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February 16, 2016

Pegler’s market report – 16.02.16


in Insights Press Releases

Pegler's Market ReportAs published in the Brighton Argus (16.02.16) Business on page 21 under the title Pegler’s Market Report:

A crisis of confidence, spreading from emerging markets and commodities, now to the banking sector

In a further crisis of confidence panic-stricken investors sought out the shelter of safe haven assets as world markets were gripped by continued volatility.

Money poured into the safest government debt, pushing down borrowing costs in Britain close to their lowest recorded levels, and sparking demand for gold as global equities finished in the red for most of last week.

Analysts are increasingly concerned that the world’s central banks are losing their fight against insipid inflation despite resorting to an eight-year stretch of unprecedented stimulus measures.

These fears were crystallised by the Swedish central bank’s shock move to slash its main interest rate to -0.5% last Thursday. Previous similar moves by Japan have not helped either the country’s currency or stock market.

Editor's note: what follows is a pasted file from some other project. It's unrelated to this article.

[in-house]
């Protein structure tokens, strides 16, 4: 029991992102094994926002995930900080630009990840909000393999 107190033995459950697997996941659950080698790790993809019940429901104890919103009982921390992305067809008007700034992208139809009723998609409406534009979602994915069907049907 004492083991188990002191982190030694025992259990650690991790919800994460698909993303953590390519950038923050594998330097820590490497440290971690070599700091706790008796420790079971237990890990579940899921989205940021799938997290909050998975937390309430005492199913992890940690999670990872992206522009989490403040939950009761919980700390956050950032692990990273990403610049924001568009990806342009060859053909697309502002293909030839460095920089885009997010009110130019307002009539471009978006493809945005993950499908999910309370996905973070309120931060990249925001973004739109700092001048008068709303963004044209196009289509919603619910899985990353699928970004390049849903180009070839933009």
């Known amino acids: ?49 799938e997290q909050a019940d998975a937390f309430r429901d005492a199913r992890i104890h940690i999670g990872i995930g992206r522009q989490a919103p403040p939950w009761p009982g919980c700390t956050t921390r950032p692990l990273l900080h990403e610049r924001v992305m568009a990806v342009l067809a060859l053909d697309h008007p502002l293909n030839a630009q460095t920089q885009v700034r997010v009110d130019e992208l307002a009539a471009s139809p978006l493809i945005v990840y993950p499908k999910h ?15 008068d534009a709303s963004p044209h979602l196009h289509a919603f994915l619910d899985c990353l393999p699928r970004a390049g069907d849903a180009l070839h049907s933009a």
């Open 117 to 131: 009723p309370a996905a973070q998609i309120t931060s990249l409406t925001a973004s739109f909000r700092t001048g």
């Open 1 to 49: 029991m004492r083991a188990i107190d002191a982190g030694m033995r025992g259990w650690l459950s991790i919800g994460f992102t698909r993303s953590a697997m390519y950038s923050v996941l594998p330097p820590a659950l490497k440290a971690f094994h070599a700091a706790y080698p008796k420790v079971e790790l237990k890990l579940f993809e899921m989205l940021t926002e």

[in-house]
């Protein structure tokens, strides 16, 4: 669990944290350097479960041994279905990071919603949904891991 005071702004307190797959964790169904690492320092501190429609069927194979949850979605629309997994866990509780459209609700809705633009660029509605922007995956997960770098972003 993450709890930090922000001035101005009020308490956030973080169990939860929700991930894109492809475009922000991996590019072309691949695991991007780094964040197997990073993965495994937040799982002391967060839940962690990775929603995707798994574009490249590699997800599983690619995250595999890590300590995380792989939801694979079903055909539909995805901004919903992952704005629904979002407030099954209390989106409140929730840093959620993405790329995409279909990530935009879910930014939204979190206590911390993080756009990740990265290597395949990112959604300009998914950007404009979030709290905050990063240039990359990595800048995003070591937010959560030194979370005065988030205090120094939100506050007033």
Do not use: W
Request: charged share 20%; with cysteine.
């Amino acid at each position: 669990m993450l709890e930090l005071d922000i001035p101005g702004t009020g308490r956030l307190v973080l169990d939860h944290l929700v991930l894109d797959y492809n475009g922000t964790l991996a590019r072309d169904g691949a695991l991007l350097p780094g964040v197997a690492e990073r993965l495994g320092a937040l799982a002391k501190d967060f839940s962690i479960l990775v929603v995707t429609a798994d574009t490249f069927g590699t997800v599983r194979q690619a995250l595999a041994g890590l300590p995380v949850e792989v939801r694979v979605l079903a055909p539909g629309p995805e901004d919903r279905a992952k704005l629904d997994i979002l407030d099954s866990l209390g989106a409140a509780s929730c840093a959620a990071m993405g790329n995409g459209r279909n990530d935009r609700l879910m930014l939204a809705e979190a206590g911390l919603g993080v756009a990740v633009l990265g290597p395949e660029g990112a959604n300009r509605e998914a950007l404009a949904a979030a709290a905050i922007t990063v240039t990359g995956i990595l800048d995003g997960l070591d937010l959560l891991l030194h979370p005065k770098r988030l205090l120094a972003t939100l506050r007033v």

France’s Societe Generale and Germany’s Deutsche Bank were some of the biggest casualties last week, highlighting the threat of negative interest rates crimping bank profitability, as lenders are penalised for parking reserves at the central banks.

Amid the stock rout, gold continued its rally nearing the technical definition of a bull market, having risen by nearly 20% since hitting lows in 2014, making it the best performing commodity of the year.

The UK’s largest retailers were also able to buck the miserable trend. News from the British Retail Consortium that consumer spending had rebounded after a soggy winter trading season was enough to propel many retailers towards the top of the weekly FTSE 100 table.

The data showed that non-food stores had been especially strong. Clothes chain Next moved higher closely followed by DIY chain operator Kingfisher and Costa Coffee-owner Whitbread.

Shares in Rolls-Royce jumped back above 600p last Friday as it bolstered finances by slashing its dividend in the face of tough market conditions. Investors were relieved the struggling engineering company did not issue a further profit downgrade. This time last year the share price was over 900p.

Finally, housebuilder and construction company, Countryside Properties, which has a number of new developments in Sussex, listed its shares on the stock market, giving the company a value of £1.01 bn.

By David Pegler, Brighton Capital Management